LANSING — The rain and wind made their presence felt Wednesday morning at the Canyon Rim Visitor Center.
But that did little to dampen the spirits of those assembled for a special ceremony to unveil new signage for the recent change in designation for the local entity of the federal park system.
"On behalf of the National Park Service and all of our staff here at the New River Gorge National Park and Preserve, we are deeply honored, thrilled, delighted ...," said Lizzie Watts, superintendent of the New River Gorge National Park and Preserve, Bluestone National Scenic River and Gauley River National Recreation Area. "Most of you have been involved with this very long process.
"Becoming a national park really is a true honor, for all of us. For the people that live next to this park, the people that work here, all of the citizens of West Virginia."
With the change in designation from New River Gorge National River to New River Gorge National Park and Preserve as part of a congressional omnibus package passed in late 2020, more visitors will get to see what West Virginia has to offer, Watts said. "This really, truthfully is one of the most spectacular places on the face of the earth."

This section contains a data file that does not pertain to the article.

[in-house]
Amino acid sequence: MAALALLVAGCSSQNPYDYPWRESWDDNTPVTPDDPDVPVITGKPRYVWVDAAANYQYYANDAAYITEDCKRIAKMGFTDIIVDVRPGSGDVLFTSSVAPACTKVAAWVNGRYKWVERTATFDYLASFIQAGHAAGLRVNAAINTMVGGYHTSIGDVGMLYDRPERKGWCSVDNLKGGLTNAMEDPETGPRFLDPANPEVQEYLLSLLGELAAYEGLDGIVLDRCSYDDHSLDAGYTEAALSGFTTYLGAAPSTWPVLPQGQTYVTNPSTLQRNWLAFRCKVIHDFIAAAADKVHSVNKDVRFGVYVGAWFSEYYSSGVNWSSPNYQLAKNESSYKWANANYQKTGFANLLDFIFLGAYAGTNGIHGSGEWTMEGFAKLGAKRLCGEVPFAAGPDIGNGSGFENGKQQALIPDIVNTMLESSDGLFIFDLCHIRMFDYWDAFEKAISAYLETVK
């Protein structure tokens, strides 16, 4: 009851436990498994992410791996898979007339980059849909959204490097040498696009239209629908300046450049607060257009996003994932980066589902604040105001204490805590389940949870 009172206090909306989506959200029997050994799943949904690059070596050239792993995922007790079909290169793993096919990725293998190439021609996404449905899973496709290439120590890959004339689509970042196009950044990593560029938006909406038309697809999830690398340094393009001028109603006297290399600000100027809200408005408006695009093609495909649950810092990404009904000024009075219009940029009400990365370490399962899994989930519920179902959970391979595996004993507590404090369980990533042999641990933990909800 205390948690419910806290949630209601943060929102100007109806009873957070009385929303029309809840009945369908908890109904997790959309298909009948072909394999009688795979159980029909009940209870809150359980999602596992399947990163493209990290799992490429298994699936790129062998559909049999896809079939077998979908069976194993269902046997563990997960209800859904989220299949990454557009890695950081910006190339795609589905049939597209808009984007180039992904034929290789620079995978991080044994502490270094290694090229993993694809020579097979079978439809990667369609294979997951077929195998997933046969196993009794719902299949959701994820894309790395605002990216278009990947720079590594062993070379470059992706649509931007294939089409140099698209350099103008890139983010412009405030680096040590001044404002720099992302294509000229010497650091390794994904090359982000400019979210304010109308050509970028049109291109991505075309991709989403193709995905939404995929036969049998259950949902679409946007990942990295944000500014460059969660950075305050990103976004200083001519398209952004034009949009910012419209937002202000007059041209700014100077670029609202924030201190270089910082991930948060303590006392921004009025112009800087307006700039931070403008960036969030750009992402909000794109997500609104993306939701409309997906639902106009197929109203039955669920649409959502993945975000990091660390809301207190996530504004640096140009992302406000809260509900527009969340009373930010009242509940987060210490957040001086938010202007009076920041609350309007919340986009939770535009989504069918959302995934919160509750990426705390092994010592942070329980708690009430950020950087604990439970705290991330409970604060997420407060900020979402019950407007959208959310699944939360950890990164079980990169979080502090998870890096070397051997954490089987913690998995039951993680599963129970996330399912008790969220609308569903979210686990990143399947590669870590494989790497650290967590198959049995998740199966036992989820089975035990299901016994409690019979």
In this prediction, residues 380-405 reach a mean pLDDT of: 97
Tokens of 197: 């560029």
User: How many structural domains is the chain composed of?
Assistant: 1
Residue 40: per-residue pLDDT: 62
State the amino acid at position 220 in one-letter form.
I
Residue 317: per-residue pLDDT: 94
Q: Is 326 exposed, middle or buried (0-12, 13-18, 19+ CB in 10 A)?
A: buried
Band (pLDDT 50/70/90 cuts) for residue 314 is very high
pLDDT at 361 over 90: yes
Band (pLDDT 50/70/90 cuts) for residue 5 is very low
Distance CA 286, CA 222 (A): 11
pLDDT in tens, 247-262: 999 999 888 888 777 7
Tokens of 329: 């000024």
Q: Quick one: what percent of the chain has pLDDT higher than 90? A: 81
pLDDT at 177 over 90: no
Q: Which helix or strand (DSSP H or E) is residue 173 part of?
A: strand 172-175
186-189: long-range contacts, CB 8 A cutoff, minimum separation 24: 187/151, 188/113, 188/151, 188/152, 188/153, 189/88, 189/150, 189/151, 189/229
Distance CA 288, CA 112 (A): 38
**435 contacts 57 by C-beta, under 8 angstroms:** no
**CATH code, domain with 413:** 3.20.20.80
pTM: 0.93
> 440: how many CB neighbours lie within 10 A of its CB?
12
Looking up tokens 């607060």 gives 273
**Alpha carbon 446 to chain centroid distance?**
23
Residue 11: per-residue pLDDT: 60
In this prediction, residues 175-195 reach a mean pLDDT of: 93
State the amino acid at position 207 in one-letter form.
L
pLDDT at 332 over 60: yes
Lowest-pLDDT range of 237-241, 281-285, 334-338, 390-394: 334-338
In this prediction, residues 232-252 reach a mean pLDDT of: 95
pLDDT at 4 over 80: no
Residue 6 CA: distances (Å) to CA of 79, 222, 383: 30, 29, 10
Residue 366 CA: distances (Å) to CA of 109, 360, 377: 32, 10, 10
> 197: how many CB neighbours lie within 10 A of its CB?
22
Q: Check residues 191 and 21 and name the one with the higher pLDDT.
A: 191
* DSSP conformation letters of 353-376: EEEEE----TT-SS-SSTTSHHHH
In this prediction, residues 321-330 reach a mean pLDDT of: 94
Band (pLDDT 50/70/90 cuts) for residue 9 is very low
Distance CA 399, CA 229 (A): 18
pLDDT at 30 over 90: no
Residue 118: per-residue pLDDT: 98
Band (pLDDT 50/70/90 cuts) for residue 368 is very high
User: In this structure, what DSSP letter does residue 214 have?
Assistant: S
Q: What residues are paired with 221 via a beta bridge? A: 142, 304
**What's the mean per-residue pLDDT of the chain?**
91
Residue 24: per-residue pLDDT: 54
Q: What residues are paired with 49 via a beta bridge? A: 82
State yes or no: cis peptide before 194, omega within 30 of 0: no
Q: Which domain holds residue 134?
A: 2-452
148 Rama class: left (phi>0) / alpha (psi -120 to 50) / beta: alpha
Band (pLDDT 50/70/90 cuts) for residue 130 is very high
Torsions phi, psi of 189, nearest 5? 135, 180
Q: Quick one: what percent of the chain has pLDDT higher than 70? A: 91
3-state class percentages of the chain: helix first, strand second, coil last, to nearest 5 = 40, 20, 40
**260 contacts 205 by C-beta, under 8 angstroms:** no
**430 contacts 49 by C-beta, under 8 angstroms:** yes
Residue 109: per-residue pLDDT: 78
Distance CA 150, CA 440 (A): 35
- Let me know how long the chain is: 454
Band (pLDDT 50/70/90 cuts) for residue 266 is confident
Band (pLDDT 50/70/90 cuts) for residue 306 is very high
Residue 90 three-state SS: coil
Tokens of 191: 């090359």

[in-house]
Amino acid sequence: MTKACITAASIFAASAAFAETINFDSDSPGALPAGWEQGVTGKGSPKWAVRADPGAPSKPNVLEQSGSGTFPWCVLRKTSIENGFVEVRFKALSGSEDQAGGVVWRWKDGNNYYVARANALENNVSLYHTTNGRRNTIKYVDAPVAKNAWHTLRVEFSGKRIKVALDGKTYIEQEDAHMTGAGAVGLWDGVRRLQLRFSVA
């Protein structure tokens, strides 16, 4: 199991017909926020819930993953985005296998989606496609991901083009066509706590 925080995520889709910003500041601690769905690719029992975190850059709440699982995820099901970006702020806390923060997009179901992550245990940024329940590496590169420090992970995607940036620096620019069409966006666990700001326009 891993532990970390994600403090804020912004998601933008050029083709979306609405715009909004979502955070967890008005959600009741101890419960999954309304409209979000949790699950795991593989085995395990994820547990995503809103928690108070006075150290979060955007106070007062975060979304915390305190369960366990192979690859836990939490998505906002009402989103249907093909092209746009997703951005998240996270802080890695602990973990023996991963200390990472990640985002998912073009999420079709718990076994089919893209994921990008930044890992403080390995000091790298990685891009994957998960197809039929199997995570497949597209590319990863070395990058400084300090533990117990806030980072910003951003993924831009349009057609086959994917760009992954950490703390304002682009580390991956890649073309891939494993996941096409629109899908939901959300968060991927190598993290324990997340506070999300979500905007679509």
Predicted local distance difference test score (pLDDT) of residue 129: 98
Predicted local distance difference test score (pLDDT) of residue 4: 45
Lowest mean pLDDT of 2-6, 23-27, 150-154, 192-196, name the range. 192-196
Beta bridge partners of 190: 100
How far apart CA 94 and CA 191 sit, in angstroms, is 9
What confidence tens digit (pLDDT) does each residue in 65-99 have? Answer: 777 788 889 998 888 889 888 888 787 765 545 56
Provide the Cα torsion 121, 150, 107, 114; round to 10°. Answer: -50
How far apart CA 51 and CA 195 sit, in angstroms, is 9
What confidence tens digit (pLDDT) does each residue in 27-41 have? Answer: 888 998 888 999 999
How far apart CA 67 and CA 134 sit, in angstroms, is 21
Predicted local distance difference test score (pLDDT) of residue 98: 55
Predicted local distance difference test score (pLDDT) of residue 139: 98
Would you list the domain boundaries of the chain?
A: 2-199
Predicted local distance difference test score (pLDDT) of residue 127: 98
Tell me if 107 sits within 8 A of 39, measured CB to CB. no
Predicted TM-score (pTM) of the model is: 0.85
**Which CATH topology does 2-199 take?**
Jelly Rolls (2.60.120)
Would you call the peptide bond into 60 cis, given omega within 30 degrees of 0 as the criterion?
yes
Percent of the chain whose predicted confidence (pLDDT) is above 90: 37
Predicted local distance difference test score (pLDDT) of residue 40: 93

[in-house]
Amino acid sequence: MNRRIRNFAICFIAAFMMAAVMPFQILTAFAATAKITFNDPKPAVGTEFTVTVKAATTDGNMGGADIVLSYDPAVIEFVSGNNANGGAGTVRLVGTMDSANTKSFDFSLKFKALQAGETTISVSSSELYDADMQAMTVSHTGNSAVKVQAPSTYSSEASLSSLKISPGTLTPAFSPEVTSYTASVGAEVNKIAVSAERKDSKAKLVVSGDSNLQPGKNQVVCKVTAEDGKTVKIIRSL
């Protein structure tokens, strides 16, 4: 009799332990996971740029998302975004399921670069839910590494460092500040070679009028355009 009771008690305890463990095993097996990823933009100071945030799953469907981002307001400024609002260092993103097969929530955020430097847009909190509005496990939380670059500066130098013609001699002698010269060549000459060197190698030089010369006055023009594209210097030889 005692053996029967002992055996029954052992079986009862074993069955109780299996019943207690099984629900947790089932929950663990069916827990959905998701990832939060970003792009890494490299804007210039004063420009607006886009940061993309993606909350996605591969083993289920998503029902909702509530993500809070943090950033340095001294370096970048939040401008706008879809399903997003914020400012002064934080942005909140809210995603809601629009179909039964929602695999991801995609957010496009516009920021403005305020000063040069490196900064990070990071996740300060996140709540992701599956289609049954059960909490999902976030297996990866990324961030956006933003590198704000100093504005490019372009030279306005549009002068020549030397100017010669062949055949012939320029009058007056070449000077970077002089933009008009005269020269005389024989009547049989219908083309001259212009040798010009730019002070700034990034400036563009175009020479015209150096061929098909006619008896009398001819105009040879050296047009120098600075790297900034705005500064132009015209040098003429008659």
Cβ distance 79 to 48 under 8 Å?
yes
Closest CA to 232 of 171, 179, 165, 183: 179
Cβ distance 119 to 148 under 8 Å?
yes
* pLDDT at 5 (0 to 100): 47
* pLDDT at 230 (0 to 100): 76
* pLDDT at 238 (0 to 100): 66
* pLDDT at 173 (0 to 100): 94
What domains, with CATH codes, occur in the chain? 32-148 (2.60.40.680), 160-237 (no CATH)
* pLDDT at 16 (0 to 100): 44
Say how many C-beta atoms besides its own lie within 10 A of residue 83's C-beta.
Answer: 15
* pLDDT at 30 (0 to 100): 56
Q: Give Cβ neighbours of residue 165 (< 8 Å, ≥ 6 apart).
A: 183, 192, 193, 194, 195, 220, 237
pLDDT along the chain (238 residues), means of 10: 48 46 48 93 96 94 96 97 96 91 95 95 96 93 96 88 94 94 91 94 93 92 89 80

The dedication and hard work over the years of (many at the federal, state and local level) resulted in the national park designation, Watts said. "This is the gift we give the next generation, ... the generation past that, and the one past that.
"We all knew how special this place was. Y'all have known it for years. And y'all came together" and worked to make the designation change a reality. "Give yourselves a big hand, because this is a long time coming," Watts said to those present. "And to be honest, I couldn't be more proud to be the first superintendent of the New River Gorge National Park and Preserve."
Watts said many factors mesh together to make the area special, whether it be the region's historical legacy, plants, birds or outdoor activities such as climbing and boating. "I just wanted to say welcome to your national park."
Addressing Watts and her staff, U.S. Sen. Joe Manchin, D-W.Va., said, "You all do such a great job."
"I'm proud to be here today with Sen. Capito. And I'm proud to be here with my wife, Gayle," Manchin continued. "Gayle is going to be sworn in tomorrow as the first-ever West Virginian to be vice chair of Appalachian Regional Commission."
Switching direction to the nation's 63rd National Park and 20th National Preserve, Sen. Manchin said, "I don't need to tell you all what this means," adding that to "see the growth that's happening in the area ... is unbelievable."